No looking back in anger for McCarthy as Deise loom large
WHEN it comes to hurling, Justin McCarthy drives without rear or side-view mirrors.
All that counts is what lies ahead, complete with its challenges and targets. Ten months ago he stood outside the dressing-rooms at the Limerick Gaelic Grounds talking of the hard work that lay ahead for Waterford as they tried to recover after being demolished by Clare in the Munster championship. Four days later he resigned as manager, forced out by player power.
Next Sunday, he will be back at the Gaelic Grounds, this time as Limerick manager as they face up to Waterford in a game that will have a sharper cutting edge than what might normally be expected between two teams who are effectively out of contention for a place in the league final, while being clear of the relegation zone.
The Limerick squad would love to show solidarity with their new boss by beating the squad who ruthlessly forced him out in controversial circumstances. Besides, there's the broader landscape to consider. In particular the Munster championship clash with Waterford on June 14.
McCarthy showed great dignity in difficult times last summer, opting to remain silent other than issuing a short statement to express thanks to the Waterford County Board and supporters and to note the privilege it was "to have been involved with such a great team".
Even after Waterford collapsed in the All-Ireland final he resisted what must have been a temptation to give his side of the story, one which presumably could have depicted the players in a less flattering light than how they saw themselves. However, McCarthy took the view that it was in the past and that's where it would stay.
"There's no point looking back. My interest is in hurling and in the game itself. Things move on and I move with them. I'm with Limerick now and enjoying it immensely, so anything that happened in the past isn't relevant any more," he said.
When Limerick decided to head in a new managerial direction by not re-appointing Richie Bennis for another year, McCarthy was an obvious target. They had seen how he had transformed Waterford from frustrated under-achievers into a compact unit that won more Munster titles in six seasons than they had in the previous 50 years.
McCarthy was prepared to answer the Limerick call and, having seen at first hand what they have to offer, is happy that he chose to return to the frontline.
"Limerick is a great hurling county. There's huge interest in the game here -- they want success and are prepared to work for it. I have a great team of people around me and I'm really enjoying working with the players. It's all about putting down a base as quickly as possible so that we can work from there. Already, I can see progress and, hopefully, there's a lot more to come," he said.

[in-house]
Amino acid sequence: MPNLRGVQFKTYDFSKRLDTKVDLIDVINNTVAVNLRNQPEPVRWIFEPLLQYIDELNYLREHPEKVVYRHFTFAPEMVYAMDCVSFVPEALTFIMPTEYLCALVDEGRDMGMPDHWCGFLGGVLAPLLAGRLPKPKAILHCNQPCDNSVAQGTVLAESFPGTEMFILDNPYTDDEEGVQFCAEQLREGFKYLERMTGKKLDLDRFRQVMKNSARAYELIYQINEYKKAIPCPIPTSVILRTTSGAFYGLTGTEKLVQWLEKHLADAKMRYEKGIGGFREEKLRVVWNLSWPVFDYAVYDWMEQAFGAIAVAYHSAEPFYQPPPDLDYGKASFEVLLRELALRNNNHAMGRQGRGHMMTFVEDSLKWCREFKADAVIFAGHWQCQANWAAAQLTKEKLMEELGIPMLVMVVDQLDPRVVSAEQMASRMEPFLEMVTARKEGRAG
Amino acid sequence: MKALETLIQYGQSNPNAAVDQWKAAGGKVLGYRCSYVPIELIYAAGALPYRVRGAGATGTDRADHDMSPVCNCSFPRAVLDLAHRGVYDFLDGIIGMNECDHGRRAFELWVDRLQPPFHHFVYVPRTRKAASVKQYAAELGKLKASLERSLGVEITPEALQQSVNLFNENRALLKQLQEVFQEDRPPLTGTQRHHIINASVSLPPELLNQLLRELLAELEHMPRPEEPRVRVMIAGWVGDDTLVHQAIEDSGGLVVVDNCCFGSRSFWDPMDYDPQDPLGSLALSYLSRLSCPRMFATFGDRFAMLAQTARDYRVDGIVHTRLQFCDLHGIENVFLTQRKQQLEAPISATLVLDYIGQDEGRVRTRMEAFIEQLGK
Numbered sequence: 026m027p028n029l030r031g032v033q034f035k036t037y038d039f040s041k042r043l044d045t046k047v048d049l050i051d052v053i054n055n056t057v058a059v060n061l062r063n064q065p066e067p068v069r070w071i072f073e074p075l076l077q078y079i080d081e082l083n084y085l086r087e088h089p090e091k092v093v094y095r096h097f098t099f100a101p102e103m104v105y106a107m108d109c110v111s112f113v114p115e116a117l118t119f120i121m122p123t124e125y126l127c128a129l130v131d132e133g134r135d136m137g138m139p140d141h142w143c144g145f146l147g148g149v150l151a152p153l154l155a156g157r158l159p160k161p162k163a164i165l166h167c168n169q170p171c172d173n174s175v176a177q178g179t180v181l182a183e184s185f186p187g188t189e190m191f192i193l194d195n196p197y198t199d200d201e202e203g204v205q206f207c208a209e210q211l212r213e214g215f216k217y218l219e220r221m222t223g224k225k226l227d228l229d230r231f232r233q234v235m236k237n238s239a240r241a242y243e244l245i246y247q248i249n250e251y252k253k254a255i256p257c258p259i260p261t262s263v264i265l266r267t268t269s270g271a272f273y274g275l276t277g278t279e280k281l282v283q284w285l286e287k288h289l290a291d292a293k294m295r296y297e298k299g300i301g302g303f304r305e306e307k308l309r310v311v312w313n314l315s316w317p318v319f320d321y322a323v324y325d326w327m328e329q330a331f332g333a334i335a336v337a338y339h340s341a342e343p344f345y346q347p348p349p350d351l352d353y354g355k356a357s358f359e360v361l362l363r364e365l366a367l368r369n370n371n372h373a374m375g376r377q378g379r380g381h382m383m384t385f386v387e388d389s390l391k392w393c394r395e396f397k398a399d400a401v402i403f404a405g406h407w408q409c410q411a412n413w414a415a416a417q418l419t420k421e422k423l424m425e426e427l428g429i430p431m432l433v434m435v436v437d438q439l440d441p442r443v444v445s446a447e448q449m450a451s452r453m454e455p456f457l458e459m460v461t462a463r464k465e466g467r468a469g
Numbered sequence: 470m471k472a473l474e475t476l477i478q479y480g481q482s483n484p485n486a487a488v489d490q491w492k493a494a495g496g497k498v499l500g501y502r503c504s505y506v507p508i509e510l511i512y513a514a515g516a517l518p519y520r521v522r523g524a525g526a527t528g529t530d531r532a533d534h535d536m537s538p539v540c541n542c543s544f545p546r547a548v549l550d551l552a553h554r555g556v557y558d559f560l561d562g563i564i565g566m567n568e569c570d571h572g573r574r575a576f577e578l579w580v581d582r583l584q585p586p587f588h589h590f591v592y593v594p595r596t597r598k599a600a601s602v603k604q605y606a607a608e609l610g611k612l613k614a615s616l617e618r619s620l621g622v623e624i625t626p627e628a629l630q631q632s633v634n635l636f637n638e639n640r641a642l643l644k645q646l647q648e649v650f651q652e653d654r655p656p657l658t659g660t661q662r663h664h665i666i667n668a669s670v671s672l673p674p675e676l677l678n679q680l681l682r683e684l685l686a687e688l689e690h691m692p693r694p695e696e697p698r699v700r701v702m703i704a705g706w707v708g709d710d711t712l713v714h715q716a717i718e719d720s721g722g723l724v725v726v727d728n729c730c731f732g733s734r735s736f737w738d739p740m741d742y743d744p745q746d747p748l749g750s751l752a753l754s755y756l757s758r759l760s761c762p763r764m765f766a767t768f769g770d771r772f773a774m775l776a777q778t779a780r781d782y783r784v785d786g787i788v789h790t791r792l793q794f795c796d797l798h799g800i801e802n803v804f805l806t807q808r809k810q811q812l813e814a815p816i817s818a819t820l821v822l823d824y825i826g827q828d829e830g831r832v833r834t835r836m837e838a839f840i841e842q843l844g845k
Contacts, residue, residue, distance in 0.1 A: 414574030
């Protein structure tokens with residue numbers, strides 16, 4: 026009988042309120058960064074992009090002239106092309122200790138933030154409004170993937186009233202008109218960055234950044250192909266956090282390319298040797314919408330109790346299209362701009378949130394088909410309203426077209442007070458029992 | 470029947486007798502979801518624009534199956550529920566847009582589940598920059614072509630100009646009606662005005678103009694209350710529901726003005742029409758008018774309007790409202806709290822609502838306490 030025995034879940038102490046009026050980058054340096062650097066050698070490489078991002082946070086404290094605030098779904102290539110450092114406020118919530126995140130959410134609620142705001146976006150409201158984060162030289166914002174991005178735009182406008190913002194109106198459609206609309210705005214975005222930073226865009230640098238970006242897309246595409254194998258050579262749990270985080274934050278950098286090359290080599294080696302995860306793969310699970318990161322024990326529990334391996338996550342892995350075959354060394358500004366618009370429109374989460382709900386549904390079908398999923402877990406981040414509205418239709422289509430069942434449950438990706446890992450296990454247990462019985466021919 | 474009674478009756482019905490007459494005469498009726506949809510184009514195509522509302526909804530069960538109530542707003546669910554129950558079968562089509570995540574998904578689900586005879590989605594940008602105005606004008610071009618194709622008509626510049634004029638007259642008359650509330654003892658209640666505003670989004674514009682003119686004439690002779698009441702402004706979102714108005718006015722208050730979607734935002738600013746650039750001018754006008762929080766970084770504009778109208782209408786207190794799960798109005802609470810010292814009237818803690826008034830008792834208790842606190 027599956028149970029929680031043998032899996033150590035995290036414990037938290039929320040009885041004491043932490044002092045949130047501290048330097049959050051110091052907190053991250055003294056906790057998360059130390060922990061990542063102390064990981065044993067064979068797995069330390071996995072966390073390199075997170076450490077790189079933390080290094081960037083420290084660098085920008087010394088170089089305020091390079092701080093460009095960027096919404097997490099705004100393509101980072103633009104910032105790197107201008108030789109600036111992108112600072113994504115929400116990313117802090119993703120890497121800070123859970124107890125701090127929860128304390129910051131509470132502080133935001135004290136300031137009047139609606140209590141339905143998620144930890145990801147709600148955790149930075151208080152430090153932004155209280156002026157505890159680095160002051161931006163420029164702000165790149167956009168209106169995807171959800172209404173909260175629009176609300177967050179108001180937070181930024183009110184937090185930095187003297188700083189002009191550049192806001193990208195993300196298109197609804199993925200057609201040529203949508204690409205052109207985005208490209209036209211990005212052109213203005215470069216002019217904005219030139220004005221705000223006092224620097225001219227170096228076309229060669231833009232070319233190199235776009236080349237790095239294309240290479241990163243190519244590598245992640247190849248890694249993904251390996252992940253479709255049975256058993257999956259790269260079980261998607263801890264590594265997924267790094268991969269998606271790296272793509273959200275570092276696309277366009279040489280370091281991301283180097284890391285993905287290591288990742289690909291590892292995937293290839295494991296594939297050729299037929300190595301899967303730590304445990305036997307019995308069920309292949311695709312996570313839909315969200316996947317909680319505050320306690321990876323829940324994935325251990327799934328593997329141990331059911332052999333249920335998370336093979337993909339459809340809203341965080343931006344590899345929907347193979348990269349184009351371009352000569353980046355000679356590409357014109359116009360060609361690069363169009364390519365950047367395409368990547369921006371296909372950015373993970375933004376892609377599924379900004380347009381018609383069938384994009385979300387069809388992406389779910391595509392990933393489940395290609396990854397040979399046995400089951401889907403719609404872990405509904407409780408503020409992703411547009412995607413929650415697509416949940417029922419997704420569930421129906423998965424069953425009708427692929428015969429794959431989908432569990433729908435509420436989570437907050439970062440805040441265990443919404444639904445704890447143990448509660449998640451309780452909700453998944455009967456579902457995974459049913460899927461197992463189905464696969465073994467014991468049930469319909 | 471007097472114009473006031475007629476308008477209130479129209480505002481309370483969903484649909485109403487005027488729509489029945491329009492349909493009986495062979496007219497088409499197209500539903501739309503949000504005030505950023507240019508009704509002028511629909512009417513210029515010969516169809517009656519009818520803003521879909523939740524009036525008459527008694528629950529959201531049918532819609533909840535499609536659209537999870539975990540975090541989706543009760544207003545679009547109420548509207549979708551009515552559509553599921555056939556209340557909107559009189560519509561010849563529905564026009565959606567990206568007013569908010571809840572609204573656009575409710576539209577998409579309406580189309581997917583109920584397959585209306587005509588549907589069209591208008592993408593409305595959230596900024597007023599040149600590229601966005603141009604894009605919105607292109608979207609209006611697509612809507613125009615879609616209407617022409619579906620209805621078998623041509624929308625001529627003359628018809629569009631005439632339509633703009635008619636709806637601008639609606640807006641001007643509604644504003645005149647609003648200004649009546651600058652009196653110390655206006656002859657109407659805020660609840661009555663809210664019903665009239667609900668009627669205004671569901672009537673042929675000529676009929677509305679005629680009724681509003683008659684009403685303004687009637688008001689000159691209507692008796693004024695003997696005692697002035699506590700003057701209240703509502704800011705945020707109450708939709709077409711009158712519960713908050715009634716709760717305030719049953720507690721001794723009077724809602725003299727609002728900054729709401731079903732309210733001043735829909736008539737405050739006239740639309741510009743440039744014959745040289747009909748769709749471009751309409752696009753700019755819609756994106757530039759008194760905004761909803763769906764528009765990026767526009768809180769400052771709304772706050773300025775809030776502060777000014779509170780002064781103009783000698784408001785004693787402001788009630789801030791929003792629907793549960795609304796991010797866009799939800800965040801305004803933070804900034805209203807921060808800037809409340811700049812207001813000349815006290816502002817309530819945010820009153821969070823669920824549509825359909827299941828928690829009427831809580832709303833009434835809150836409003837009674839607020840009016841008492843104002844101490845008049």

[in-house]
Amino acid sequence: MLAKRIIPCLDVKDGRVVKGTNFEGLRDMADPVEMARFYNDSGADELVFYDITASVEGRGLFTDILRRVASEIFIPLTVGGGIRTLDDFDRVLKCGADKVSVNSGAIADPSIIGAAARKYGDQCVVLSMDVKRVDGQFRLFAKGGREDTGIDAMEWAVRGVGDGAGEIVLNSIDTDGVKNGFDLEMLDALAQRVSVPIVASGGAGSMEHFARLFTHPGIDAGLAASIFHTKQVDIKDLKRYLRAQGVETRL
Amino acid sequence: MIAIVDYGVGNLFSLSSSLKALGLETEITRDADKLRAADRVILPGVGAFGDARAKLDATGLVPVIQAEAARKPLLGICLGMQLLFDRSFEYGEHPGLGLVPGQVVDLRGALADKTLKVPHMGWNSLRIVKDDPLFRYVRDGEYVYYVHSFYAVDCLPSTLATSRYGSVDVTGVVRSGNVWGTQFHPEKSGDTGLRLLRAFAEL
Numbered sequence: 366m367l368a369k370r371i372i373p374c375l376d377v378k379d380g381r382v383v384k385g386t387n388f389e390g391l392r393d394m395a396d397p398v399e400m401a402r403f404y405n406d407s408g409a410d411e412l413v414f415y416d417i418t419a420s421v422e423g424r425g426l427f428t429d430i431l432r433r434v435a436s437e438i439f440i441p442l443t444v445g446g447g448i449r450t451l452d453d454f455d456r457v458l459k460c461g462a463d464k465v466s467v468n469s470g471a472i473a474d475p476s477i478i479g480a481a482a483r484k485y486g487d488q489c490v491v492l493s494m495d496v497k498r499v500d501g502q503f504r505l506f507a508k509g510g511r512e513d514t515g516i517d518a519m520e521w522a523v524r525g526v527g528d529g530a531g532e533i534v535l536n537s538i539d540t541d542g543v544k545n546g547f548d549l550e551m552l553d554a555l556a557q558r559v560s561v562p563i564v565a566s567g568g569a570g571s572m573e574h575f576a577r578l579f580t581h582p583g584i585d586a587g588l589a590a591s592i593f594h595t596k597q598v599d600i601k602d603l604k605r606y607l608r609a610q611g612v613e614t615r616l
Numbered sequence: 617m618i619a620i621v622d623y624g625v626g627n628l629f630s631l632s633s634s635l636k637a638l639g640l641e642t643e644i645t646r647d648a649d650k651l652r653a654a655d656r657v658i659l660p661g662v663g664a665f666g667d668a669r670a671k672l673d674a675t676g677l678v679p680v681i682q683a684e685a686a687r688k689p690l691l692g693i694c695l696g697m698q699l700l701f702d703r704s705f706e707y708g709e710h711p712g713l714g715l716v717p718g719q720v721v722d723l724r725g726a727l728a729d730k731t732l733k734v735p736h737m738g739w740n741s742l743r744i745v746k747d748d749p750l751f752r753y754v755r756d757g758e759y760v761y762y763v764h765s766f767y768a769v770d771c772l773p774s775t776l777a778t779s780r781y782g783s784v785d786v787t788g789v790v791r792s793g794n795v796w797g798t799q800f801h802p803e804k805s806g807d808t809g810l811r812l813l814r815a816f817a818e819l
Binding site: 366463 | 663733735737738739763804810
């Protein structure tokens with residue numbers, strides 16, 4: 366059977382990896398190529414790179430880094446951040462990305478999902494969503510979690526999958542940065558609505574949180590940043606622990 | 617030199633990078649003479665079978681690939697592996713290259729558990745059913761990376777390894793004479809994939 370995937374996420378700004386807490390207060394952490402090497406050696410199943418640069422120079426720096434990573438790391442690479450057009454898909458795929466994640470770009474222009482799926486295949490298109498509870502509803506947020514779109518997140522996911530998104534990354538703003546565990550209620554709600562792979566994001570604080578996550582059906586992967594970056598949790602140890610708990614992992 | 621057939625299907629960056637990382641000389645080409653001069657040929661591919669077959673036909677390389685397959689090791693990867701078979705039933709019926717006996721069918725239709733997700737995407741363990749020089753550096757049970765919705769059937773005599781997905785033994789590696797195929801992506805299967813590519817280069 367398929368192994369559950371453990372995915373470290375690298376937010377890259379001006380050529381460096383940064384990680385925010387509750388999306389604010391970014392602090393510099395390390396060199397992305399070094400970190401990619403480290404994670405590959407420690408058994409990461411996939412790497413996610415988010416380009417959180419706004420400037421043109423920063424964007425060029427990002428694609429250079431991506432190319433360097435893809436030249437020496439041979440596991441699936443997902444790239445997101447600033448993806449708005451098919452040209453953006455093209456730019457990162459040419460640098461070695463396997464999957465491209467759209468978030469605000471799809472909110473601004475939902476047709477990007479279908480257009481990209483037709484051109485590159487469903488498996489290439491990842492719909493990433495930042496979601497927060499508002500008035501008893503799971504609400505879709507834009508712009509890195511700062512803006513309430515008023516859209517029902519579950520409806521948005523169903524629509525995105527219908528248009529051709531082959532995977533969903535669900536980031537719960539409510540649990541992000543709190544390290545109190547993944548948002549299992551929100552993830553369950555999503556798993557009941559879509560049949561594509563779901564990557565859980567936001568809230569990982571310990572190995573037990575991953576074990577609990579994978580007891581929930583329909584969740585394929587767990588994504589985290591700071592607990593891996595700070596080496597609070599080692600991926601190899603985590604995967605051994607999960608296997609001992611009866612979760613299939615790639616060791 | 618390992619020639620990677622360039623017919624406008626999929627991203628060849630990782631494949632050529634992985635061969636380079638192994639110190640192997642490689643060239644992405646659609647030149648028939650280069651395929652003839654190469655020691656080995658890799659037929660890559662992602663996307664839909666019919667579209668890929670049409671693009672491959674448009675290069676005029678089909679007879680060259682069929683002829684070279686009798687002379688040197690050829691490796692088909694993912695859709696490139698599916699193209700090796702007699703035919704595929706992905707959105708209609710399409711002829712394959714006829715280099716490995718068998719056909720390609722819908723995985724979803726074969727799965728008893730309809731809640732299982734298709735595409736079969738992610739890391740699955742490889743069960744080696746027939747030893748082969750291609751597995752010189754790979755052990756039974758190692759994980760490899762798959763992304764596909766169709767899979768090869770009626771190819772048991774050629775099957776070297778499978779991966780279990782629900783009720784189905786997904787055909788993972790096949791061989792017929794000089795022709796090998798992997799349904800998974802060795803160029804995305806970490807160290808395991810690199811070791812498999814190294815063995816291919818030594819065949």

Limerick's league position -- sixth of eight -- is a disappointing return for their efforts so far but, in fairness, luck hasn't been their closest ally. They lost to Kilkenny and Cork by a point each and to Galway by two points; tight margins which might just as easily have gone the other way. But then so too might the Dublin game, which Limerick won by two points. However, on balance, it would have to be acknowledged that four points from a possible 10 is an unflattering return for Limerick's efforts.
They have tried out several new players so as to widen the range of available options for the championship, while McCarthy is also working on the technical side of the game.
"I love working with players, developing skills and all the other things that go into getting a team ready for the championship. I find it a pleasure coming to Limerick and I couldn't be happier with the response I have got so far. There's lot of work to be done but we're getting on with it," he said.
He sounds like a man who's very much at peace with himself as he powers into the latest challenge, insisting that his appetite is as great as ever.
"My desire is as sound as it has ever been. So is my interest in what I do and how I do it. I have always been independent-minded enough to do things my own way and I'm hardly going to change now," he said.
It would, of course, be a huge boost for McCarthy if Limerick were to beat Waterford on Sunday, not just on a personal level, but in terms of strengthening the roots for the challenges ahead. Ultimately, it will take the championship re-match with Waterford in 10 weeks' time to ascertain just how resilient they are but, as of now, McCarthy believes that the signs are good.